There are books that become milestones because they affect us to the point of becoming a reference to used today, tomorrow and thereafter. A book that has become one of my personal references is The Web of Life by Fritjof Capra. The author, an American physician, introduces the theory of living systems that is absolutely fascinating, it integrates scientific knowledge, but also information that comes from the social and cultural arenas. The result is an extraordinary synthesis of multidisciplinary thoughts that deconstruct the mechanistic vision of the world to make room for a global vision that takes into account the interdependency of the many dimensions of human activity.
For Capra, everything we do is part of a network of events that interact with each other. And to solve our problems – because, there are obviously solutions –, we must absolutely change our way of dealing with reality as separate entities so that we can take into account the invisible links that unite us all. From there, it then becomes possible to act in an intelligent manner and to make the world better.
However, changing our paradigms is no easy feat. Capra reminds us that we were thought to see the universe as a mechanical system of elementary particles, the human body as a machine, and life as part of society as an existential competition. He believes that we need to change our perceptions, and he goes even further by saying that a change in paradigms also means a change in values.
According to Capra, there are two large families of values. One serves independence and relies on notions of expansion, domination, quantity and competition. And the other is quite the opposite, it welcomes independency and values relationships, it is based on preservation, partnership, quality and cooperation.
He says that nature always has a constant back and forth between both families; this allows the various ecosystems to maintain a balance. The same should apply to how our societies are organised. And yet, in Western culture, especially since the industrial revolution, we place great value on independence, which is at the service of an ideal individualistic model. We seem to be completely ignoring interdependency and collective values.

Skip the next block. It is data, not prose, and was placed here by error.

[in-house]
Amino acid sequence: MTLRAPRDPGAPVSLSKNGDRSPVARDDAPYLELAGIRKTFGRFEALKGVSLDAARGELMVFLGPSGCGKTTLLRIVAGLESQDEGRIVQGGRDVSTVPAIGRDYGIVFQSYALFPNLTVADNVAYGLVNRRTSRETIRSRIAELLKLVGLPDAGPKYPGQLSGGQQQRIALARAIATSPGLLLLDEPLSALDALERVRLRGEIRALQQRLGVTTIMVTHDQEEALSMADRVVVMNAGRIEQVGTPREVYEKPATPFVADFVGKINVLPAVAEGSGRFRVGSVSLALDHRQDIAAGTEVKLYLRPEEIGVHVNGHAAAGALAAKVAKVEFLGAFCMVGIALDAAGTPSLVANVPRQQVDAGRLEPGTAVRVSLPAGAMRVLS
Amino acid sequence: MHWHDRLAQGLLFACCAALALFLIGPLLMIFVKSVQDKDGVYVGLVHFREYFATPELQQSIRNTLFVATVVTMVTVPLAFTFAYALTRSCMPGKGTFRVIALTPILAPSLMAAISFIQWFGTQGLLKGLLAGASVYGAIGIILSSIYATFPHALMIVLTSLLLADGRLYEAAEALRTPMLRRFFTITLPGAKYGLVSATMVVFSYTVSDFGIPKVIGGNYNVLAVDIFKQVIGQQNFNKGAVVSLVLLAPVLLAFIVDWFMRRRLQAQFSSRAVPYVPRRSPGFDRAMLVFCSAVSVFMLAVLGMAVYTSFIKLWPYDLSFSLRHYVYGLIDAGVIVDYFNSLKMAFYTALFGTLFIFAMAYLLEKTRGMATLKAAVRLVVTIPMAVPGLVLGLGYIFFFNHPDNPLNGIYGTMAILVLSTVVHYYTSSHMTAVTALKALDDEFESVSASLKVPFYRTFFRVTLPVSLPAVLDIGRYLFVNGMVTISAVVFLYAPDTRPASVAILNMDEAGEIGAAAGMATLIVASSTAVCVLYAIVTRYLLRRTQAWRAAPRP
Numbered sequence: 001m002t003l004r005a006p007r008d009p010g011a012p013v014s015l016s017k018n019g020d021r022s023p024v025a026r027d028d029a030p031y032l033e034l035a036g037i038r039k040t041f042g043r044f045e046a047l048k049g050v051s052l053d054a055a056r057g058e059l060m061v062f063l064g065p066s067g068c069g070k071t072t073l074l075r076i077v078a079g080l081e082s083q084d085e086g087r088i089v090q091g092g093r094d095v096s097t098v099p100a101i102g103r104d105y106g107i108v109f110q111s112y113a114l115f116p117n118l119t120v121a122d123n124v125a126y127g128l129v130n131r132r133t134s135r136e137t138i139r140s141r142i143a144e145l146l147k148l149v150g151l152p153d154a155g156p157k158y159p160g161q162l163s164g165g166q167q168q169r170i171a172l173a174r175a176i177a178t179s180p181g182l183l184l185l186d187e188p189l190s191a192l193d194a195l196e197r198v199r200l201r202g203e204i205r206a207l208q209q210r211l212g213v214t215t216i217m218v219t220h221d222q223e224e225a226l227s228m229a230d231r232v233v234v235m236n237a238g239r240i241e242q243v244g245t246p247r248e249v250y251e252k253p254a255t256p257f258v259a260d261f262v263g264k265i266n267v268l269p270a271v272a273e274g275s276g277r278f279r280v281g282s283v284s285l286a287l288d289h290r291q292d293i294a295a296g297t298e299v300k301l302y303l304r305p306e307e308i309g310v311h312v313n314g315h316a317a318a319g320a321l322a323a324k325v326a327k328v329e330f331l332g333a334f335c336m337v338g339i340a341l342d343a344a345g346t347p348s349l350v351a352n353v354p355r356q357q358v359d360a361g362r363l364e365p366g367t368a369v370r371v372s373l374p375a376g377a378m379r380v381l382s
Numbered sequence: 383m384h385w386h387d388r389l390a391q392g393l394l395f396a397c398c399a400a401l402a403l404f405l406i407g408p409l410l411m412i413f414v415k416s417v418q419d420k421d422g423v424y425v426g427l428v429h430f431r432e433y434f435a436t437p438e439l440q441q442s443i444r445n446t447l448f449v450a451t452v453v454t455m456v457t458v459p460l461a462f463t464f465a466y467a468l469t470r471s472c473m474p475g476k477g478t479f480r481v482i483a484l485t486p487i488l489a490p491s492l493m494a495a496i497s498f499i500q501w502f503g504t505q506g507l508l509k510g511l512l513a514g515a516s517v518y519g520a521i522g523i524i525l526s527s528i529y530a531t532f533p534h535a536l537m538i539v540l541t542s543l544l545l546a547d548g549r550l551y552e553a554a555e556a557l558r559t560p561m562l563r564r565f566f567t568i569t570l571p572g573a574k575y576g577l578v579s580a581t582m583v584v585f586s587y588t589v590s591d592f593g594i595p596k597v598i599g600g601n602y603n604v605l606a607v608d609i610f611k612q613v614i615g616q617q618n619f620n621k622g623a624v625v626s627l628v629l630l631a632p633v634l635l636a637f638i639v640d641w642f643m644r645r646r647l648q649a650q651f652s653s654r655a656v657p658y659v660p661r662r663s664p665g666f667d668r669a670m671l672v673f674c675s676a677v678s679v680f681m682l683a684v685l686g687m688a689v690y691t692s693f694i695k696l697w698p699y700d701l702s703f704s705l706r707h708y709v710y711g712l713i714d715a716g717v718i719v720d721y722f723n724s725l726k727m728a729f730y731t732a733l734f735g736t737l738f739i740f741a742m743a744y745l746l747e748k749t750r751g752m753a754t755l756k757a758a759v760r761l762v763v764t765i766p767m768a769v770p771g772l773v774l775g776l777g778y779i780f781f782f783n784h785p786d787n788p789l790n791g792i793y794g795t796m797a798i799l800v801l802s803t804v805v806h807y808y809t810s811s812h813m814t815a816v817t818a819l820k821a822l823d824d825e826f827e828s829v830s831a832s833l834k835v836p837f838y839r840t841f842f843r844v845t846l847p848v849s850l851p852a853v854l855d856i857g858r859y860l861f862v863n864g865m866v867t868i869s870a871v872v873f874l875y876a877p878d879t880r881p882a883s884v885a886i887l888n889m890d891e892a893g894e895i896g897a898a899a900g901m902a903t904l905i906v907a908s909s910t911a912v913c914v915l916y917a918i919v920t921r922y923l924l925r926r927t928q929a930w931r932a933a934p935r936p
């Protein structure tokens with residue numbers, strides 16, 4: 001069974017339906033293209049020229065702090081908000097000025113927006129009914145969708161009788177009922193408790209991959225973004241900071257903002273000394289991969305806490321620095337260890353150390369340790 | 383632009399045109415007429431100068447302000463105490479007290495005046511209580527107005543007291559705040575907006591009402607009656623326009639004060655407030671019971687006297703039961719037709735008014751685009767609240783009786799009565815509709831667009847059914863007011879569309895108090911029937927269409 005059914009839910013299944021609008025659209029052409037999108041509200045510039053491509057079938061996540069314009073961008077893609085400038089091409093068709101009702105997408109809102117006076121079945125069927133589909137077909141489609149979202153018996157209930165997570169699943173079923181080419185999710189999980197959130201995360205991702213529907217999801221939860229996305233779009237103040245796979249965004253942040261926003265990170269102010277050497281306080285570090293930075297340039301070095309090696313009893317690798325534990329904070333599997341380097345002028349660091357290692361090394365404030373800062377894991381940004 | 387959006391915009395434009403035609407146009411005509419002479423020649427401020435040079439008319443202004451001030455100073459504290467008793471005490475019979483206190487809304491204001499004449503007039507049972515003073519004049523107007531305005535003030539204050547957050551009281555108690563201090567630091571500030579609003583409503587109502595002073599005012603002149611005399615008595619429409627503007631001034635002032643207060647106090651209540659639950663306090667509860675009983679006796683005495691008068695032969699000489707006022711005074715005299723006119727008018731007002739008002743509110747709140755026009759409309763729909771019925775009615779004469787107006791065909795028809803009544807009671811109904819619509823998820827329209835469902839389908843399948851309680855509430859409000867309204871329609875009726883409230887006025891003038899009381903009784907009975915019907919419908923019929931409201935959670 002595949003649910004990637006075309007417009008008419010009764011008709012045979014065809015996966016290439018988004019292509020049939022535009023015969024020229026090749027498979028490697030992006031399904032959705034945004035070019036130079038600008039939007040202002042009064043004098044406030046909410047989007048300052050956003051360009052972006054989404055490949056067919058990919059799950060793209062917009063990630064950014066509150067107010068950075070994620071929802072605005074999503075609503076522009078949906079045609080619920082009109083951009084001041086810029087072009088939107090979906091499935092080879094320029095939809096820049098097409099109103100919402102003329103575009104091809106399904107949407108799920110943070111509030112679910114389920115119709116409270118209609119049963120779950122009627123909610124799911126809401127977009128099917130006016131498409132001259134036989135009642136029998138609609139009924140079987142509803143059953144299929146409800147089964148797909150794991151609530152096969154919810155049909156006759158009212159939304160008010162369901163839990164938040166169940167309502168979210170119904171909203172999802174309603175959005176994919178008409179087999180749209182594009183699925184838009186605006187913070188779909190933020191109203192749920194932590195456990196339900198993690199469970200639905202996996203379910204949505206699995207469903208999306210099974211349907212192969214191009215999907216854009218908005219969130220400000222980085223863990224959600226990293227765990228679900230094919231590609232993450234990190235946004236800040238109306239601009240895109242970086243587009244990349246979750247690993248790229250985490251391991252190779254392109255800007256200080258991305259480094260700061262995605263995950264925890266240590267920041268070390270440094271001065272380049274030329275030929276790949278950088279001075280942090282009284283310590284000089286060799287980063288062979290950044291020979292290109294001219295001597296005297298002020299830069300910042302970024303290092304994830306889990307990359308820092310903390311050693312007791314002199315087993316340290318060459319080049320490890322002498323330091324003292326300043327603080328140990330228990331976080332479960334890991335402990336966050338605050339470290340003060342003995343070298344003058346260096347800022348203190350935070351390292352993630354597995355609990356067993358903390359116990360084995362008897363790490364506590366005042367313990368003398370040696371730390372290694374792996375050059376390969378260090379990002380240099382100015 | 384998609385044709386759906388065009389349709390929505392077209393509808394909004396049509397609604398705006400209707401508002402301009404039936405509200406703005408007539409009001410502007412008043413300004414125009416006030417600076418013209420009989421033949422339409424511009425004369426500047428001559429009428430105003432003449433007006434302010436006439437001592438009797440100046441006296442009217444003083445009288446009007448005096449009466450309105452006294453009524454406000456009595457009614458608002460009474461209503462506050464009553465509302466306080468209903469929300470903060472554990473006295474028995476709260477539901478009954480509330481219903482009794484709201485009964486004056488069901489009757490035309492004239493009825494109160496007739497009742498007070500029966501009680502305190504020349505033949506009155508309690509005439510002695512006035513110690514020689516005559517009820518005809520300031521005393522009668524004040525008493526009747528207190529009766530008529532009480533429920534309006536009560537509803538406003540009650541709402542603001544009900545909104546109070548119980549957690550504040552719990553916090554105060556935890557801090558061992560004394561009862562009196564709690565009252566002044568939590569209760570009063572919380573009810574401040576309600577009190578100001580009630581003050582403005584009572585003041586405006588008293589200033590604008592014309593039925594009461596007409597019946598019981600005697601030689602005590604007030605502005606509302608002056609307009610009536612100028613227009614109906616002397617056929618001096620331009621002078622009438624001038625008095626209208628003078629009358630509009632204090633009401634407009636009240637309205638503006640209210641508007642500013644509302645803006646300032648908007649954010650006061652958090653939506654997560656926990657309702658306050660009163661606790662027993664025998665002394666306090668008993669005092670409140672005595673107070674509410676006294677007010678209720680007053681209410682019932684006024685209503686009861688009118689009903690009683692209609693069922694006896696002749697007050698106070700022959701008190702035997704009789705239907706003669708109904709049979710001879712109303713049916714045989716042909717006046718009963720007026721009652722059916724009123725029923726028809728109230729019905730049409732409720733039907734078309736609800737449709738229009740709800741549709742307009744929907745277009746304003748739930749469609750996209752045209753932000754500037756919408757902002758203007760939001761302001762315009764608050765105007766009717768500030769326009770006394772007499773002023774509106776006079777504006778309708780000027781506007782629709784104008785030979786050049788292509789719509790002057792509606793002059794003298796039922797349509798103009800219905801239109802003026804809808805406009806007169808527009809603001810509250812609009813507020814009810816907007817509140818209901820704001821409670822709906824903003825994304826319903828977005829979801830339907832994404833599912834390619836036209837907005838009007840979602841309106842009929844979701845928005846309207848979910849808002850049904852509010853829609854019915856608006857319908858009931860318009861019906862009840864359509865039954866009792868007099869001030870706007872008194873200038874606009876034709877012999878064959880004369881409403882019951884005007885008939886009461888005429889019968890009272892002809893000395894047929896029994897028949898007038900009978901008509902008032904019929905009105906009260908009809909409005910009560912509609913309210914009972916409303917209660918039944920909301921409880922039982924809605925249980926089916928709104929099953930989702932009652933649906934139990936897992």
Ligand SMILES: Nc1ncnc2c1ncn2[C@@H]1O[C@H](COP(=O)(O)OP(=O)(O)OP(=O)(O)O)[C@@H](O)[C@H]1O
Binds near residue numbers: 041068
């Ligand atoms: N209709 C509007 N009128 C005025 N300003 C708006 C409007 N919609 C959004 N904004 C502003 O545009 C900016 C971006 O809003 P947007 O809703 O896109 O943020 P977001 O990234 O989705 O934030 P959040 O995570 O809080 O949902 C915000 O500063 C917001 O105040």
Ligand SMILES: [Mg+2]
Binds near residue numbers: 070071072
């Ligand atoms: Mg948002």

Although Capra wrote his book in 1996, it still rings true today. We now know that the race for indefinite growth cannot be sustained. We would need five planets Earth to provide every person with the American lifestyle. However, the shift we need to make seems out of our grasp: How can we make sure it will be done in an orderly fashion, one that is both negotiated and fair? In fact, we can’t help but wonder what kind of global authority could come out of such a situation…
Yet, as we deliberate on the potential end of this COVID-19 pandemic, some people are saying that this time, we need to relaunch the economy differently.
Even Joseph Stiglitz, the recipient of the Nobel Memorial Prize in Economic Sciences, believes that the time has come to go on to a more sustainable economy, more equitable, more resilient.
What if, post-COVID-19, the world were to infuse itself with values such as interdependency and cooperation? What if thoughts were also liberated to allow collective values to infiltrate society, to be part of our economies?
We need to rediscover the sense of cooperation; to stitch back the social fabric. To relaunch the economy by focusing on collective action and regain balance, Aristotle’s “right balance”, is the optimum state between excess and deprivation. What a great project for our society! An even better opportunity for cooperative businesses! In the end, aren’t they the best vehicle for economic cooperation we have yet to find?
That’s why I love cooperatives so much. It’s because of what they have: Cooperation. The cooperative itself is just a means to an end, a vehicle. What’s important is what they have inside. Not cooperatives keeping their eyes shut, without judgement, but enlightened and thoughtful cooperatives. Cooperatives built and operated by people who are committed and who recognise that their own well-being always depends, to some degree or another, on the well-being of others.